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[mahr-vuh-luh s] /ˈmɑr və ləs/
superb; excellent; great:
a marvelous show.
such as to cause wonder, admiration, or astonishment; surprising; extraordinary.
improbable or incredible:
the marvelous events of Greek myth.
Also, especially British, marvellous.
Origin of marvelous
1300-50; Middle English merve(il)lous < Middle French merveilleus. See marvel, -ous
Related forms
marvelously, adverb
marvellousness, noun
supermarvelous, adjective
supermarvelously, adverb
supermarvelousness, noun
unmarvellous, adjective
unmarvellously, adverb
unmarvellousness, noun
unmarvelous, adjective
unmarvelously, adverb
unmarvelousness, noun
1. wonderful. 2. wondrous, amazing, miraculous. 3. unbelievable.
1. terrible. 2. commonplace. Unabridged
Based on the Random House Dictionary, © Random House, Inc. 2017.
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Examples from the Web for marvelously
Contemporary Examples
Historical Examples
  • "You thought I was dead," said McGee, with eyes still undimmed and marvelously clear.

  • My dear captain, do you know that, although you do not look so, you are marvelously merry?

    The Regent's Daughter Alexandre Dumas (Pere)
  • And as Heaven blesses the right and punishes the wrong, so has it marvelously interposed to silence evil tongues.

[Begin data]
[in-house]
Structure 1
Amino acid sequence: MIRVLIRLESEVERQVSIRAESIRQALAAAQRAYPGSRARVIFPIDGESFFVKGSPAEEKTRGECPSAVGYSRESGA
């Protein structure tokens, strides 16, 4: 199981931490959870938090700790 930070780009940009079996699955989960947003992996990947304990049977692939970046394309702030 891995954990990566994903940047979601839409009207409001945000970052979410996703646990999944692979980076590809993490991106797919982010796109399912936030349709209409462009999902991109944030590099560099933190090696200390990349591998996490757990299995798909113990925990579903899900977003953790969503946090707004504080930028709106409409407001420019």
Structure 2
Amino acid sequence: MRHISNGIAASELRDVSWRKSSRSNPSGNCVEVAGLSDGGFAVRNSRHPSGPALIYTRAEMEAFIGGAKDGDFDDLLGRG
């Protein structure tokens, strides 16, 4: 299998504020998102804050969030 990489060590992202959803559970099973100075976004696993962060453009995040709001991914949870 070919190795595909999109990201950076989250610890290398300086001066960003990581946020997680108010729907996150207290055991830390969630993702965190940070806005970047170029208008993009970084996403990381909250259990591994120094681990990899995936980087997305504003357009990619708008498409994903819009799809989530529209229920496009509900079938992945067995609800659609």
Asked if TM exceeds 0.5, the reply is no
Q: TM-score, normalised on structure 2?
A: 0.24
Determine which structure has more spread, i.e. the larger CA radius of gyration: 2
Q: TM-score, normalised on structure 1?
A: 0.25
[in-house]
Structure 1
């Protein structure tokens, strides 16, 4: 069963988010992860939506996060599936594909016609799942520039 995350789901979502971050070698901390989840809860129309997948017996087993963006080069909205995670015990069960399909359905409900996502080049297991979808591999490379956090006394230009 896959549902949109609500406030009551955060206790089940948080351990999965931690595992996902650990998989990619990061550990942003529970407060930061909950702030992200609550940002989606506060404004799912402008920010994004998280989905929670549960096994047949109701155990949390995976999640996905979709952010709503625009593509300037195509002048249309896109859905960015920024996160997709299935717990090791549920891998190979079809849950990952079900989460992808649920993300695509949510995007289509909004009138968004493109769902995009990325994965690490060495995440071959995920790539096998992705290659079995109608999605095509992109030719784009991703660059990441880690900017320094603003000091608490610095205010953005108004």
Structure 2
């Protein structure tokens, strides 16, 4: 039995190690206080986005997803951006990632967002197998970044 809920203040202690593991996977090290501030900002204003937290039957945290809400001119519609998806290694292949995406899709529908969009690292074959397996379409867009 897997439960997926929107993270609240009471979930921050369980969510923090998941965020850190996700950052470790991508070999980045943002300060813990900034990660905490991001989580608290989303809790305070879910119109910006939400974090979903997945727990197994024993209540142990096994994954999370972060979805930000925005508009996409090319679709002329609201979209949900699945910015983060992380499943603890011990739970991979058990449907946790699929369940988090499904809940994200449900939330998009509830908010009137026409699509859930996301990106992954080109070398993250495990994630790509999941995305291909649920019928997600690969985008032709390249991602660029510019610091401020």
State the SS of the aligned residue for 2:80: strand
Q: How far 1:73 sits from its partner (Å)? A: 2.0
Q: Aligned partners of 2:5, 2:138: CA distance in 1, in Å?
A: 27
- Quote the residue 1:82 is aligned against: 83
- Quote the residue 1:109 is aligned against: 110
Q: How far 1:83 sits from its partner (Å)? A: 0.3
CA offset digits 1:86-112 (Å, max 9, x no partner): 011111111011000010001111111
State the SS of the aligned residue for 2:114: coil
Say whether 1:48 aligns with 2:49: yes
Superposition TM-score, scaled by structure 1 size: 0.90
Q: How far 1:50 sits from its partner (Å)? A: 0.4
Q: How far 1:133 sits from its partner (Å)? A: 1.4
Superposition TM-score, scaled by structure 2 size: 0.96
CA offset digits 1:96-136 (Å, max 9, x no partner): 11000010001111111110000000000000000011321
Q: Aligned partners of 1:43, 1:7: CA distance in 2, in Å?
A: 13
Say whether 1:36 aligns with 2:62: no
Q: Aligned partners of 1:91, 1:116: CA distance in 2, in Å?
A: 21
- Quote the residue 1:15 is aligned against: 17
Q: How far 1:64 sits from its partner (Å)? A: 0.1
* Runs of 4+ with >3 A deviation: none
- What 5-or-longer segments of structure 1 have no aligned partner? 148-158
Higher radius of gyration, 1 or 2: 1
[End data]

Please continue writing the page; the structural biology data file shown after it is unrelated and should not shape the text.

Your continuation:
Pabo, The Priest Sabine Baring-Gould
  • It was a ghastly and yet in some indefinable way a marvelously dear experience.

  • No one can fail to admire its broad white flowers, which are marvelously fragrant, and the rich, polished green of its foliage.

    The Pearl of India Maturin M. Ballou
  • Raleigh was young, rich, handsome and marvelously fascinating in his address.

    Daniel Boone John S. C. Abbott
  • Indeed the little boat was marvelously swift and in a brief time the boys were aware that there was only one person on board.

  • It was simply a coppery glow, marvelously delicate, molding her face.

    Way of the Lawless Max Brand
Word Origin and History for marvelously



c.1300, "causing wonder," from Old French merveillos "marvelous, wonderful" (Modern French merveilleux), from merveille (see marvel (n.)). Weakened sense of "splendid, very nice" is from 1924. Related: Marvelously.

Online Etymology Dictionary, © 2010 Douglas Harper
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